Bulgarian President Radev special address: what he said and what he did not

Having found himself at the centre of the controversy after the publication, last week, of proposed amendments on curtailing the rights of Bulgarian citizens abroad to vote, Bulgarian President Roumen Radev vowed to make his motives public in a special address to the nation.

But the five-minute speech on April 11, after which Radev took no questions from the assembled media, failed to provide much, if any, new insight into the thinking of the new head of state. Instead, it reiterated several talking points that the president had made over the previous week.

Radev opened his address saying that the March 26 early parliamentary elections saw an “organised attempt from the outside to influence election results”, thwarted by the “Bulgarian institutions and the wisdom of Bulgarian citizens”, echoing the comments made on April 6, in the immediate aftermath of the publication, for public debate, and subsequent withdrawal of the controversial bill.

Although he has avoided outright naming the culprit, this has widely been interpreted as a reference to the “Turkish vote” – the neighbouring country has a large number of Bulgarian nationals, many of whom left for Turkey in the 1980s as a result of the communist-era project to force Bulgarians of Turkish ethnicity to adopt Slavonic identities.

This is not a new occurrence in Bulgarian politics, but it became a predominant issue in this year’s campaign, with a coalition of nationalist parties organising border blockades in the run-up to election day – and Radev referenced it, indirectly, saying in his address that “some parties called for extreme measures, breaching the current legislation, including the abolition of double citizenship, closing voting stations and borders”.

He went on to say that the topic was “buried” after the election day, but the issues remained, and these issues were not “limited to external interference in the electoral process, but targeted attempts to systematically and deeply penetrate and influence the society and political life in the country”.

Such external influences required “responsible and effective actions, legislative and organisational efforts”, which is why Radev welcomed the “courage” of the Justice Ministry to “formulate concrete proposals for legislative changes”.

This interpretation of events clashed rather starkly with the position of the Justice Ministry, which in withdrawing the bill said that it contained “imperfections” and blamed the head of the Justice Ministry’s legislative council directorate for publishing the bill without approval of the minister. The official later said that the bill’s details were discussed in meetings attended by Radev and his legal advisers.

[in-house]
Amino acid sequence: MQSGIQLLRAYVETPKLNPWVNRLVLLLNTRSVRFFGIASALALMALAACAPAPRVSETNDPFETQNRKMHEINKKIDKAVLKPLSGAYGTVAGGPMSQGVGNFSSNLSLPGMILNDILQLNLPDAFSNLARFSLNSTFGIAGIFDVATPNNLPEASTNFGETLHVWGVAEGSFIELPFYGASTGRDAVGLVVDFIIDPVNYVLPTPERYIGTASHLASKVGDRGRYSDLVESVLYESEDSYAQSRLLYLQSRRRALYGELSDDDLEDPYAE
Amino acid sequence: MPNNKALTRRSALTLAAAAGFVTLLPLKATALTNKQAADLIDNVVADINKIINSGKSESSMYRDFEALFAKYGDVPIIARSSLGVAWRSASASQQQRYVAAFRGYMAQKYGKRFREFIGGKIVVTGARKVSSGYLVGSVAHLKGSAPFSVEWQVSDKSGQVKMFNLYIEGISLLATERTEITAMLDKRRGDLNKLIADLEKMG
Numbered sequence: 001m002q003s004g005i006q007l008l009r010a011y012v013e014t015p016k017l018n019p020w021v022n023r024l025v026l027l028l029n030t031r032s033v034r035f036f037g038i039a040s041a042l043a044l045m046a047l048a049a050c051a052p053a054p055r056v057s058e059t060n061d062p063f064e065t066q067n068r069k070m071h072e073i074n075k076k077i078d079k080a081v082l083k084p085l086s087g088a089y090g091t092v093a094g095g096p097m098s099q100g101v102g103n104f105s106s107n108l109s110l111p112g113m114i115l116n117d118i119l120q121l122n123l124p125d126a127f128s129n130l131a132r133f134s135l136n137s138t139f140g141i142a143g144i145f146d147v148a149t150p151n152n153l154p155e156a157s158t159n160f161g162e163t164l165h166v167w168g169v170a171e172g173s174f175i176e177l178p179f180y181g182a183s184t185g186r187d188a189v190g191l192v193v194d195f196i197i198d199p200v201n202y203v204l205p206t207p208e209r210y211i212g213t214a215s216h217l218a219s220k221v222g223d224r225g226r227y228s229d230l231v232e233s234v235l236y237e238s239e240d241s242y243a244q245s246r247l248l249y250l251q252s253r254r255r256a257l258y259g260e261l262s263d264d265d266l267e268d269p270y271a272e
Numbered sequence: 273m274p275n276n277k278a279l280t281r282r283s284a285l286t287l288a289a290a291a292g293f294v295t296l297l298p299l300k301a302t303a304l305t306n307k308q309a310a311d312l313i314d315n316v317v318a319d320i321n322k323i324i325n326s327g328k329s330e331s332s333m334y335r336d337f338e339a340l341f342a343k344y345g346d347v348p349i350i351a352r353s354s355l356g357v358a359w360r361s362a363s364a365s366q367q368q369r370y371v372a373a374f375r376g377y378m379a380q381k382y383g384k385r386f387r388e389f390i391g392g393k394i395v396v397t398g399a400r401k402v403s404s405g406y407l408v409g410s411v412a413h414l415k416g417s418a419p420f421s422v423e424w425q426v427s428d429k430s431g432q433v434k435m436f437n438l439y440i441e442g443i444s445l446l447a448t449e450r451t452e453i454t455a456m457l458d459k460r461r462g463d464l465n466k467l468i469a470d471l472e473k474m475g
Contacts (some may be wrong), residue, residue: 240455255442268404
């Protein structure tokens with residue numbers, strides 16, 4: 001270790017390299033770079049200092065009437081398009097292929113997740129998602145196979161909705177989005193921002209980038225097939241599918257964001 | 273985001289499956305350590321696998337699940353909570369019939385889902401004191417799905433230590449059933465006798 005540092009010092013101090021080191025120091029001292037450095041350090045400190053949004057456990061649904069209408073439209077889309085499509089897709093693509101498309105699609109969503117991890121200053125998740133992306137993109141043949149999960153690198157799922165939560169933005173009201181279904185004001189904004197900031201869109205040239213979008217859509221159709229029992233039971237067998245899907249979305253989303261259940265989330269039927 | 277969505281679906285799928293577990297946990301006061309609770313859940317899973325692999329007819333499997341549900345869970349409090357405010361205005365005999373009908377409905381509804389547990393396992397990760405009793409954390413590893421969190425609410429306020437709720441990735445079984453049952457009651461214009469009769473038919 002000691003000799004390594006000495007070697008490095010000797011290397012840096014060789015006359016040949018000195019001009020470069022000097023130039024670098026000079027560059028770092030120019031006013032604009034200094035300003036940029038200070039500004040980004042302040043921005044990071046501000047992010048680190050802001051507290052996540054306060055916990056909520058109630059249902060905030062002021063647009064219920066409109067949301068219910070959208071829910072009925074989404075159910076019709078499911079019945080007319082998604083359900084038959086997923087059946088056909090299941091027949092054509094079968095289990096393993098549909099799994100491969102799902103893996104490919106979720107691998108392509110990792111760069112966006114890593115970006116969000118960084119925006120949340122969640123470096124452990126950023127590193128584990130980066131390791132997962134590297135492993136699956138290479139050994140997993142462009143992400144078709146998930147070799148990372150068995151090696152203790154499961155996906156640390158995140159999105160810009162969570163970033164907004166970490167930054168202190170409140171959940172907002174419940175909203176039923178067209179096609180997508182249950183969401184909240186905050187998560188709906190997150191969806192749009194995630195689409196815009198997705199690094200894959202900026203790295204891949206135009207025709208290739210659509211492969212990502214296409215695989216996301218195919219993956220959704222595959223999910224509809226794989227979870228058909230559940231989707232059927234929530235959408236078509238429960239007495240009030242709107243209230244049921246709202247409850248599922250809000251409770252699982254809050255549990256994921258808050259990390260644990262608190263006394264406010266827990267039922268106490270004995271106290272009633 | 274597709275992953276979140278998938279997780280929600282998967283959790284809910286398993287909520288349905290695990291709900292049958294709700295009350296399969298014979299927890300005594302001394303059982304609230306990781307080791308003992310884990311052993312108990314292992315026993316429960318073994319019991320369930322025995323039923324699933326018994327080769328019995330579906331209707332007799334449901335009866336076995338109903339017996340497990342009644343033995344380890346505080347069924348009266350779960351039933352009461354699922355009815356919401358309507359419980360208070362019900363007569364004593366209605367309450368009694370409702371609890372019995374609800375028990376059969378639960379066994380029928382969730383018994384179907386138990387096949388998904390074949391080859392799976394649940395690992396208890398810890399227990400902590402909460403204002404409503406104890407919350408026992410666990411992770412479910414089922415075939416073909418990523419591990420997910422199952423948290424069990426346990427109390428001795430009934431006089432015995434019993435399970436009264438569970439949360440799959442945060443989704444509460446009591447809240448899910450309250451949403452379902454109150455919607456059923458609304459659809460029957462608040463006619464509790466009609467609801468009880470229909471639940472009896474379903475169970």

The criticism levelled at the ministry ­­­– aside from the constitutional implications for Bulgarian nationals living abroad, who were to be denied the exercise of their franchise if they did not reside in Bulgaria in the three months prior to parliamentary or presidential elections – is that its leadership is in place on a caretaker basis, appointed by the president until the new National Assembly can vote a government, and that its main task is to organise elections, not set policy.

Radev sidestepped the issues (both his alleged involvement in the drafting process and the topic of whether a caretaker cabinet should make such proposals) altogether, saying that the wide-ranging proposals, which included changes to the religious denominations, political parties and citizenship laws, would have put “clear barriers in the path of actions aimed against our independence, the integrity of the state and society”.

His defence, if one could call it that, of the proposal’s limitations on voting abroad was to say that “the most important protection of the rights of Bulgarians abroad is to be able to return to an independent and sovereign Bulgaria”.

Radev’s address concluded with an attempt to end the continued questioning of the presidency by passing on the responsibility to Parliament, which will hold its first session on April 19. “I hope that it will find a majority that understands the stakes and will have the character needed to vote adequate legislative changes,” he said.

Bulgaria’s socialists, which backed Radev in last year’s presidential elections, finished second in the parliamentary polls, behind former prime minister Boiko Borissov’s GERB party. For the past week, GERB has held several rounds of talks with the nationalist United Patriots coalition (the same who organised the border blockades before election day) to form a majority government.

Time will tell whether Radev’s parting shot, whether meant to sour relations between prospective coalition partners or merely to deflect attention from himself, is successful.

(Roumen Radev photo: president.bg)



Alex Bivol

Alex Bivol is the Deputy Editor-in-Chief of The Sofia Globe.